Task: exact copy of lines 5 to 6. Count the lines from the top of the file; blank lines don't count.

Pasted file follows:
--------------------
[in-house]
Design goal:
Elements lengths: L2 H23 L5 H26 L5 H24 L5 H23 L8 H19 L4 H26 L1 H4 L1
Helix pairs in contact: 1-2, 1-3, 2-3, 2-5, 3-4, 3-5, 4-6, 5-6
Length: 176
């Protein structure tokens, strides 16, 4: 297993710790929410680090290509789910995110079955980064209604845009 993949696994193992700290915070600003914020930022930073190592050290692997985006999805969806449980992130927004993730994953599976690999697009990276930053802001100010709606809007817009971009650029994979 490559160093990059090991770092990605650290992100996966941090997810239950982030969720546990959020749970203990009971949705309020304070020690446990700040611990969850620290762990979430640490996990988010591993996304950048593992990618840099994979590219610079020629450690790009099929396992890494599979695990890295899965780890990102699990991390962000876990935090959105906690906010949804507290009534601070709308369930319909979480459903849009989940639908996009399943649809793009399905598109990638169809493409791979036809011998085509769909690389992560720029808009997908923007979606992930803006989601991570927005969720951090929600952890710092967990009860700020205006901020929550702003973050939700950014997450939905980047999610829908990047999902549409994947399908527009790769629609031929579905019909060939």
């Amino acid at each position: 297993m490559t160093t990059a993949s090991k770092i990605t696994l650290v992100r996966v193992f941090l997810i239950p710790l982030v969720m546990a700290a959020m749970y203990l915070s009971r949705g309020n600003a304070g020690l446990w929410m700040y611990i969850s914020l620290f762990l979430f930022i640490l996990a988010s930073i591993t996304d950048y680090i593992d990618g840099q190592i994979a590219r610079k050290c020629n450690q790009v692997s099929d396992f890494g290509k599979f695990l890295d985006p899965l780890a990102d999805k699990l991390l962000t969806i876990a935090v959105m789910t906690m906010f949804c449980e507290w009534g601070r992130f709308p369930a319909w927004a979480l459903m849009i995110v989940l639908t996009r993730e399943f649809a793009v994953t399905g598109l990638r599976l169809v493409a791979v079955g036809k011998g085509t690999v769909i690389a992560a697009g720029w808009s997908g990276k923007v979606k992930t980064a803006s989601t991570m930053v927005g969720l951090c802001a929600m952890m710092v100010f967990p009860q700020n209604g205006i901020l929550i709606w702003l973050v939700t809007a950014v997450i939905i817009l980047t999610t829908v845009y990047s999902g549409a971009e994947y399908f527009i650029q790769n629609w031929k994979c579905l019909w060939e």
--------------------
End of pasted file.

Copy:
Length: 176
């Protein structure tokens, strides 16, 4: 297993710790929410680090290509789910995110079955980064209604845009 993949696994193992700290915070600003914020930022930073190592050290692997985006999805969806449980992130927004993730994953599976690999697009990276930053802001100010709606809007817009971009650029994979 490559160093990059090991770092990605650290992100996966941090997810239950982030969720546990959020749970203990009971949705309020304070020690446990700040611990969850620290762990979430640490996990988010591993996304950048593992990618840099994979590219610079020629450690790009099929396992890494599979695990890295899965780890990102699990991390962000876990935090959105906690906010949804507290009534601070709308369930319909979480459903849009989940639908996009399943649809793009399905598109990638169809493409791979036809011998085509769909690389992560720029808009997908923007979606992930803006989601991570927005969720951090929600952890710092967990009860700020205006901020929550702003973050939700950014997450939905980047999610829908990047999902549409994947399908527009790769629609031929579905019909060939």